the Gulf of Mexico.  The track guidance is tightly clustered this
cycle, and there were no significant changes made to the NHC
forecast track.

Once Maria moves off the coast of Puerto Rico, it will take some
time for the structure to reorganize over the warm waters of the
Atlantic Ocean.  However, the shear is expected to be less than 10
kt for the next 24-36 hours, and Maria has an opportunity to
restrengthen a bit over that time period.  After 36 hours, a gradual
increase in shear is likely to lead to a commensurate gradual
decrease in the hurricane's intensity through the end of the
forecast period.  Since the SHIPS model, in particular, responds to
the favorable conditions for intensification, the NHC intensity
forecast lies just above the intensity consensus through much of the
forecast period.

Since we don't have radar imagery from San Juan, and the eye has
become cloud filled in satellite imagery, the hourly position
updates are being discontinued.


KEY MESSAGES:

1. Maria's core is moving over Puerto Rico, with life-threatening
wind, storm surge, and rainfall impacts continuing over the
island. Everyone in Puerto Rico should follow advice from local
officials to avoid life-threatening flooding from storm surge and
rainfall. A Hurricane Warning remains in effect for the Virgin
Islands, but conditions should gradually improve there later today.

2. Wind speeds atop and on the windward sides of hills and mountains
and on high-rise buildings could be much stronger than the
near-surface winds indicated in this advisory.

3. A Hurricane Warning is also in effect for the northern coast of
the Dominican Republic, the Turks and Caicos Islands and the
southeastern Bahamas, where Maria is expected to bring dangerous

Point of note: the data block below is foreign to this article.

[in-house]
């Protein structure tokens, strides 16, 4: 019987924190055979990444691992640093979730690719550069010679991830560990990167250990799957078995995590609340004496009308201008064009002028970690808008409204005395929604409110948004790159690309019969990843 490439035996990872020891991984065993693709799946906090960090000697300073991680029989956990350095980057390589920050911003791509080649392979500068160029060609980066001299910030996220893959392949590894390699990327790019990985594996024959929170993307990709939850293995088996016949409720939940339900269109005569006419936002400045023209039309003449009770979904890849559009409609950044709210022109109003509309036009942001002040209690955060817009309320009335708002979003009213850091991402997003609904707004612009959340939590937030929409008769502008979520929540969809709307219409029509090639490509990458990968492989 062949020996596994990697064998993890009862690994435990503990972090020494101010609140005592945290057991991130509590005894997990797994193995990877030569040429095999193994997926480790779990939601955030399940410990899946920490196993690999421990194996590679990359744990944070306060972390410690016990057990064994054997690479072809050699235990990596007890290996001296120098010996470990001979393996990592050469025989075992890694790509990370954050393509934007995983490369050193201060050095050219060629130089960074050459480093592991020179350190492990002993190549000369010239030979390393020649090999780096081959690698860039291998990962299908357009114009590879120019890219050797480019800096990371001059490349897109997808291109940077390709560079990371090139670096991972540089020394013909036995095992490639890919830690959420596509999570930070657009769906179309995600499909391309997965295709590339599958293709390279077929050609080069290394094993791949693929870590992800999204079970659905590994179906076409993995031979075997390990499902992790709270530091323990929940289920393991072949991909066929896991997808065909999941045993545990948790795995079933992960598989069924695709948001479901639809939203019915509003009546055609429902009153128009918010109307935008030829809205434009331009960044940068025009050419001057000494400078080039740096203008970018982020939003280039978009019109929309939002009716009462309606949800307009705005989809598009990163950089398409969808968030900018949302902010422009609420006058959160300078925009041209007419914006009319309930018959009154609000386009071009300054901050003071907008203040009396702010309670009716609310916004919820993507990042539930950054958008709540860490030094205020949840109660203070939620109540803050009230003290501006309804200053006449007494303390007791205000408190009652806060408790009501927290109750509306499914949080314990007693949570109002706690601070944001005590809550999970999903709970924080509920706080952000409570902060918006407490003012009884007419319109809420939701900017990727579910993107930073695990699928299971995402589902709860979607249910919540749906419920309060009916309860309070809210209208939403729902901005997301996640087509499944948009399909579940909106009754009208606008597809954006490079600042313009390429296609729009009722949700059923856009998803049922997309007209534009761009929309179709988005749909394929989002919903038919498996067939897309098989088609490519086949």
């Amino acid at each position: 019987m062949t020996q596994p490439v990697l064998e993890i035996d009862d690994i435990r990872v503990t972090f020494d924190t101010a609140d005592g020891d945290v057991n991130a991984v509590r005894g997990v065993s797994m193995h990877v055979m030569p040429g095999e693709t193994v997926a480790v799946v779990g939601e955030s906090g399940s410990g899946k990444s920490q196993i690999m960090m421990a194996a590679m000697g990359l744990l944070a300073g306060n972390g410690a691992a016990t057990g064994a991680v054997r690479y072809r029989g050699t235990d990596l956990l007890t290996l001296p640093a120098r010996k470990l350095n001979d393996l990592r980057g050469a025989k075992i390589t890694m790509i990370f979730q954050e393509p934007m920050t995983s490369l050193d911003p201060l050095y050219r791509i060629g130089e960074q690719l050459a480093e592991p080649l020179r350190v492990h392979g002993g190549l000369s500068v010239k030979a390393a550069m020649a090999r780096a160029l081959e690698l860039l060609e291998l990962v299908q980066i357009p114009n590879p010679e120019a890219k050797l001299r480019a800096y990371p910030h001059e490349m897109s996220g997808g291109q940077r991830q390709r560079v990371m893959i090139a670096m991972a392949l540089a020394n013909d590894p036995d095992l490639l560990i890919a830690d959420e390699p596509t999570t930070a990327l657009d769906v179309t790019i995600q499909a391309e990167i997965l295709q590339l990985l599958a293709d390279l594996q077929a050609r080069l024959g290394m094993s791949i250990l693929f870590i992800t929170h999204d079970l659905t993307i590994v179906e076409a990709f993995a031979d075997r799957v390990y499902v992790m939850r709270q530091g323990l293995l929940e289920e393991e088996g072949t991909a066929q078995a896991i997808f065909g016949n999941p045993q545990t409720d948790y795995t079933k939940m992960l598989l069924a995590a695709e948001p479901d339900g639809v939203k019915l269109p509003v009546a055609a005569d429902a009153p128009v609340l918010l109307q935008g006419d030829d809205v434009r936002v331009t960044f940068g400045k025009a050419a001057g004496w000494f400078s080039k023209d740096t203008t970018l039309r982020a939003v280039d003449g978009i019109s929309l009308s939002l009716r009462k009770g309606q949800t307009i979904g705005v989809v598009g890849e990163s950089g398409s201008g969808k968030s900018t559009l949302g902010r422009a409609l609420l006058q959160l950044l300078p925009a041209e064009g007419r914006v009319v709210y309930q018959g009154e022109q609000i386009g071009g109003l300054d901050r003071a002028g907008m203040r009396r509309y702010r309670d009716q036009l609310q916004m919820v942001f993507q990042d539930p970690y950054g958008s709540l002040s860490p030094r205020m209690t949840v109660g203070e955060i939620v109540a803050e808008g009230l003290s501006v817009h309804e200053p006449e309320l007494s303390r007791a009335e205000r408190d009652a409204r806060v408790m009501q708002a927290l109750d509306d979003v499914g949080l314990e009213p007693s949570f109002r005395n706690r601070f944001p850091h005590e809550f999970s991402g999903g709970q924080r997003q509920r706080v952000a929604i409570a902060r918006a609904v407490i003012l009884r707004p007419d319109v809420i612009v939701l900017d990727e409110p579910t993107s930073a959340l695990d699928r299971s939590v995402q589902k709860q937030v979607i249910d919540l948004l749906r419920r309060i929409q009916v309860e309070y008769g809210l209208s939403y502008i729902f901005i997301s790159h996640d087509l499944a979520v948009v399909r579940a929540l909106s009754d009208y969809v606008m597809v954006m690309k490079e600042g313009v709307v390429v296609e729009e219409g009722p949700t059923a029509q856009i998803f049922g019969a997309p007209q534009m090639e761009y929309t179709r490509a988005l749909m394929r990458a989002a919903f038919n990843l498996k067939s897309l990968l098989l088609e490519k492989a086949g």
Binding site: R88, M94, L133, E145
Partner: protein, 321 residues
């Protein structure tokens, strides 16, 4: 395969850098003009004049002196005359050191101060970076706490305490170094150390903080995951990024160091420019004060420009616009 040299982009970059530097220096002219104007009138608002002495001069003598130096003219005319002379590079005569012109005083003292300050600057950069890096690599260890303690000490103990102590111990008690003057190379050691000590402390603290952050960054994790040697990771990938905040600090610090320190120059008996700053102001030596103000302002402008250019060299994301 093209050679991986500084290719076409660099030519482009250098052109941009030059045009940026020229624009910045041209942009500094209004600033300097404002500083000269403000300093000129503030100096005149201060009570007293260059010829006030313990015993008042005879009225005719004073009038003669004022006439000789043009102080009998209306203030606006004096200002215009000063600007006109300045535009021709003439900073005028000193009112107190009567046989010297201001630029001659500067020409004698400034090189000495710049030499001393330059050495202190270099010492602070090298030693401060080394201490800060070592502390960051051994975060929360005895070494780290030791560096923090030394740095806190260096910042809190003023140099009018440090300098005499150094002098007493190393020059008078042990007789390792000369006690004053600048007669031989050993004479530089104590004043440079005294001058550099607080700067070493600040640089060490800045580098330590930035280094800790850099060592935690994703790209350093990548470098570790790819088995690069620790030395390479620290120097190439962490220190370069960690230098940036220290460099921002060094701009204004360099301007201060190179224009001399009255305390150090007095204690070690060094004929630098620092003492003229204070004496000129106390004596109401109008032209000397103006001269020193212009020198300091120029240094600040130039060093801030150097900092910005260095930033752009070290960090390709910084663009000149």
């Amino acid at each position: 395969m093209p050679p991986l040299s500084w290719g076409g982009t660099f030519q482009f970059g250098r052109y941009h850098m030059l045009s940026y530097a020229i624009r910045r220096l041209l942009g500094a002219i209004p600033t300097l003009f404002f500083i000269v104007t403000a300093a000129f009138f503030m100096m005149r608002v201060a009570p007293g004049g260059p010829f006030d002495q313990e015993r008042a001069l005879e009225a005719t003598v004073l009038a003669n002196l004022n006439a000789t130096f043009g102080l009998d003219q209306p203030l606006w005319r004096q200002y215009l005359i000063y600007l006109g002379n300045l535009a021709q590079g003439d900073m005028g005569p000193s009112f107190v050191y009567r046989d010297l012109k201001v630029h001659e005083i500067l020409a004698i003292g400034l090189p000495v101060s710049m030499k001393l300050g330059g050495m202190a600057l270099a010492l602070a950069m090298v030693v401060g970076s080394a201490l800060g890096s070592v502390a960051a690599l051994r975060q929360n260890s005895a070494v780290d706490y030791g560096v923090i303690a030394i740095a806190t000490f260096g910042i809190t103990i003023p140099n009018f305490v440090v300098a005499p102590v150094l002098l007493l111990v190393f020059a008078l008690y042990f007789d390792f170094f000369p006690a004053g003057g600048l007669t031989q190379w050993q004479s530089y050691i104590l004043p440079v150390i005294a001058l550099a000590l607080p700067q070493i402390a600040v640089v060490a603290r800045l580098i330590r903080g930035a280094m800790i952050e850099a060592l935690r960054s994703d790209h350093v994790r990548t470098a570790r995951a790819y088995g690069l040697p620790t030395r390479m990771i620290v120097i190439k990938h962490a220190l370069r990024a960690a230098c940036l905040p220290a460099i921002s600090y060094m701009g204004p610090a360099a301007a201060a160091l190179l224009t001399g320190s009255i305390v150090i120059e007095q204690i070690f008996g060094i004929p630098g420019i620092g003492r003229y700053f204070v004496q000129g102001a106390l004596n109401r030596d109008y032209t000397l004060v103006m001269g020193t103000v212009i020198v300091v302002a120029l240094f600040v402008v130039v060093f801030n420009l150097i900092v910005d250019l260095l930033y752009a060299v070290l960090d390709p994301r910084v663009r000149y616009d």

wind, storm surge, and heavy rainfall.


FORECAST POSITIONS AND MAX WINDS

INIT  20/1500Z 18.4N  66.5W  120 KT 140 MPH...OVER PUERTO RICO
 12H  21/0000Z 19.2N  67.6W  120 KT 140 MPH
 24H  21/1200Z 20.2N  69.0W  125 KT 145 MPH
 36H  22/0000Z 21.2N  70.1W  125 KT 145 MPH
 48H  22/1200Z 22.4N  71.0W  120 KT 140 MPH
 72H  23/1200Z 25.3N  72.4W  110 KT 125 MPH
 96H  24/1200Z 28.5N  73.0W  100 KT 115 MPH
120H  25/1200Z 31.5N  73.0W   90 KT 105 MPH

$$
Forecaster Berg

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Looks like Maria took a gulp of dry air just to the South of the eye thanks to the down sloping off the higher terrain to the South of San Juan. You can see that dry air where the crescent shade of light green appears near the center of the island on the WV loop. The actual center of Maria is probably located just to the North of there and should be completely back over water within the next 2-3 hrs.

 

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11 minutes ago, NJwx85 said:

Recon is en route, they must be expecting the center to be back over water very soon.

Looks like the northern eye wall has already emerged offshore per satellite.

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Based on Maria's 11 am position (18.4°N, 66.5°W) over northern Puerto Rico almost between Arecibo and San Juan, there is little change in the probability of landfall based on the historic data set and the data set adjusted for the current synoptic pattern. It appears that Maria will likely find a weakness in the ridging to its north-northeast somewhere in the vicinity of 72.5°W-73.5°W.

This scenario is consistent with the 9/28 0z run of the ECMWF. The ECMWF has displayed consistently superior performance throughout the duration of Maria's lifetime so far. By 72 hours, no model has come close to its performance. For purposes of comparison, the GFS has an error that is twice as large as the ECMWF. The lower-verifying GFS, not the ECMWF, has periodically flirted with landfall scenarios on a number of runs over the past two days.